If any of my speculation is true, Canon may have exploited our vision system. And, this would explain why no PAL version. No way to divide 50 fields by 3. (Of course, the 720p mode should have offered 720p25.)

PS: Having used a DSLR with a non-articulated LCD, I find having to hold the camera exactly at eye level a royal pain. And, who wants every shot at eye level? The GH1 -- which isn't going to $2000 since the G1 is less than half that -- is far more video shooting friendly.
__________________
Switcher's Quick Guide to the Avid Media Composer >>> http://home.mindspring.com/~d-v-c
Steve Mullen is offline   Reply With Quote
Old April 7th, 2009, 08:36 AM   #128
Major Player
 
Join Date: Dec 2008
Location: Woburn, MA
Posts: 205
There's an interesting interview with Chuck Westfall, technical adviser for Canon's professional products marketing division, over on cnet.com
Q&A: Canon helps usher in the video SLR era | Underexposed - CNET News

He talks about the future - in general terms - and really trys to sell that it's the early days of video on DSLR's, and Canon's still trying to figure out what to do (and yes, they know about the people that want more manual controls....)

Interesting days ahead. Meanwhile, I can't wait to see what Nikon has up their sleves with the new DSLR with articulating LCD screen that's been photographed while they were making an ad for it!

If you can, waiting is probably the best thing to do if you're thinking of buying a D-SLR primarily for video...next year could bring even more exciting advances.
Michael Murie is offline   Reply With Quote
Old April 7th, 2009, 12:42 PM   #129
Inner Circle
 
Join Date: Nov 2005
Location: Elk Grove CA
Posts: 6,838
Interesting Q & A. For me, it puts a real human face on Canon for first time. But it also confirms what is apparent at this point-- Canon won't be offering any change on the 5D II, to give us more control over the camera during video shooting.
__________________
Chris J. Barcellos
Chris Barcellos is offline   Reply With Quote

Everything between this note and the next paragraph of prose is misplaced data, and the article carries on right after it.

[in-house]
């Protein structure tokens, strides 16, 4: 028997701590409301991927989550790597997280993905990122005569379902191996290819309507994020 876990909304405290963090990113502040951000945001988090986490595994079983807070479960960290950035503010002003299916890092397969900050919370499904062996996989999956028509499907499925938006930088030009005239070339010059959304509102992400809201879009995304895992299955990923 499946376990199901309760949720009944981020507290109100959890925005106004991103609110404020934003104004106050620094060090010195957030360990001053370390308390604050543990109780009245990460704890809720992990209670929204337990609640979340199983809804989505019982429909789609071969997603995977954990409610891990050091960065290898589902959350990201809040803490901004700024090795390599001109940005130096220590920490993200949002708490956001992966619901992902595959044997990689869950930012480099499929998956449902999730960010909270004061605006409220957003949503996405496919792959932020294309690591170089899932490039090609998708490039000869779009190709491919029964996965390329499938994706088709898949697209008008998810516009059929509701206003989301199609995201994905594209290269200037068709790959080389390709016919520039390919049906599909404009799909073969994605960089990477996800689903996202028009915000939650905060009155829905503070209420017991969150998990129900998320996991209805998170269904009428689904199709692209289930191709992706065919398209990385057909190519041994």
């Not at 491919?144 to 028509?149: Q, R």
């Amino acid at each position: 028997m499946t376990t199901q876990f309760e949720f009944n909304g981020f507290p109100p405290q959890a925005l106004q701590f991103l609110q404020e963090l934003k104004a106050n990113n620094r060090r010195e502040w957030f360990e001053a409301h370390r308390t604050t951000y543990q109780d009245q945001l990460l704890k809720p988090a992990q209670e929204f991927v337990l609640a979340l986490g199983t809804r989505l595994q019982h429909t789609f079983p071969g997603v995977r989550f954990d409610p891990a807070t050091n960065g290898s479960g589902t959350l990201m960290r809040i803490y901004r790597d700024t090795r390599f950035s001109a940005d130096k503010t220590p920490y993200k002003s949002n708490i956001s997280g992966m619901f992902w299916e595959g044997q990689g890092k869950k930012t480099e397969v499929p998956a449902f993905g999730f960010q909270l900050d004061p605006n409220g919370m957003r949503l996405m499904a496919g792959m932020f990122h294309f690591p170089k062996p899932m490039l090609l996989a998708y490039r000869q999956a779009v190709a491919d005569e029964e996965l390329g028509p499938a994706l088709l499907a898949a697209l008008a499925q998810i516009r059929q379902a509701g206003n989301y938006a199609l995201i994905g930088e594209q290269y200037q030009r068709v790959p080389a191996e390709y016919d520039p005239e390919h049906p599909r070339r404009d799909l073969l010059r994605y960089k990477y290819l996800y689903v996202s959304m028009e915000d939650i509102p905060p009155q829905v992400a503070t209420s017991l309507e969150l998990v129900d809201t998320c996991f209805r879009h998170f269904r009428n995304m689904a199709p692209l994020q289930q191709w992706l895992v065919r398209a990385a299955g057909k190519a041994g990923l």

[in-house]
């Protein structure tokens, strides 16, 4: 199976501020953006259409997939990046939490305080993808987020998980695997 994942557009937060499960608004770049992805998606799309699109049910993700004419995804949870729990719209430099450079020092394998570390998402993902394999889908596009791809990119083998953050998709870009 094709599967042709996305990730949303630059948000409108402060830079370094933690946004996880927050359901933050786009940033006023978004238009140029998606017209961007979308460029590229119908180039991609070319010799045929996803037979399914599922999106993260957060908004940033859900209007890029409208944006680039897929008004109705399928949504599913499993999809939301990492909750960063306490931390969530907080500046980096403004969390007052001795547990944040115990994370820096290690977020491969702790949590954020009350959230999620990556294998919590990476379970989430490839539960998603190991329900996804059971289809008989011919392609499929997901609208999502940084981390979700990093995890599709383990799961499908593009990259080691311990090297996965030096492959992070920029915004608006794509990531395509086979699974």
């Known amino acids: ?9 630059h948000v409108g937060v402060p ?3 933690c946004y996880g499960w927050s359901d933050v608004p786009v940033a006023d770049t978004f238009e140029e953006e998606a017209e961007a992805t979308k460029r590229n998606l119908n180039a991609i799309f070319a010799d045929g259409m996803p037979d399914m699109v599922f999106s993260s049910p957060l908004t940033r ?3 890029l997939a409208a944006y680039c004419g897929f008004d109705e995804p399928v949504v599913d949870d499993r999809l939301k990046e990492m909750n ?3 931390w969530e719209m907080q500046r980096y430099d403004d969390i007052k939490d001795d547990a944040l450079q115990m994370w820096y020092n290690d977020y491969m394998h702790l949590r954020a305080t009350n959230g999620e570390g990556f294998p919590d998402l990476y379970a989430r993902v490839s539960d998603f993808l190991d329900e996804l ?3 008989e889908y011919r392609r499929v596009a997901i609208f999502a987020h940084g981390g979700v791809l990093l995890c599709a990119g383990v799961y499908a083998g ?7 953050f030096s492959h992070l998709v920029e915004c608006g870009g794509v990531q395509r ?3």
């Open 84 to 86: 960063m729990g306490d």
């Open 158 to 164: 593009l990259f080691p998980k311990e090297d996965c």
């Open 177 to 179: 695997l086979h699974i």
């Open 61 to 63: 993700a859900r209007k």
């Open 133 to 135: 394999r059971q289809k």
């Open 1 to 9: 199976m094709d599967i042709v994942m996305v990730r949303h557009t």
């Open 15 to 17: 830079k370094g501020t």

Old April 11th, 2009, 04:56 PM   #130
Regular Crew
 
Join Date: Mar 2004
Location: San Diego, California
Posts: 119
Well, then I guess the money put aside for my 5D purchase will be held until May or June for the Panasonic GH1. A shame, because I prefer Canon for the availability of lenses and the image quality. But given that I am buying it almost solely for the video capabilities, the non-24p is a deal-breaker for me. As an indpendent filmmaker, the problems caused down the line for conversion to 24p, and even more so, for 25p for PAL distribution, make the 5D MKII a no-go.

Extremely frustrating. Extremely.
__________________
Mark Holmes
www.daisy3pictures.com
Mark Holmes is offline   Reply With Quote
Old April 14th, 2009, 06:14 PM   #131
Major Player
 
Join Date: Jun 2007
Location: New Orleans, LA
Posts: 410
I'm with Nathan. I've owned a 35mm adapter and for weddings with only 1 person at the Prep, it can be rough. If you are not 100% with the adapter and miss the shot, its over. I think the ease of use (and you this makes more sense if you have setup a 35mm adapter) and package size are what make these cameras so appealing to us. I've been dealing with my D90 for 6 months now and I'm only using it for detail shots at this point. If I didn't own so much Nikon glass, I would have purchased the Canon (5D, I need those extra frames) already.
I guess the next few months will have a lot of stuff that will interest us. I'm about to start trolling the Red forums again to see what the Scarlet will bring. I know it is way over the price range of what we are currently looking at, but there might be a few extras that make it worth it.
Chad Dyle is offline   Reply With Quote
Old April 14th, 2009, 10:28 PM   #132
Regular Crew
 
Join Date: May 2006
Location: Hoboken, NJ (New York metro area)
Posts: 105
Quote:
Originally Posted by Mark Holmes View Post
Well, then I guess the money put aside for my 5D purchase will be held until May or June for the Panasonic GH1. A shame, because I prefer Canon for the availability of lenses and the image quality. But given that I am buying it almost solely for the video capabilities, the non-24p is a deal-breaker for me. As an indpendent filmmaker, the problems caused down the line for conversion to 24p, and even more so, for 25p for PAL distribution, make the 5D MKII a no-go.

Extremely frustrating. Extremely.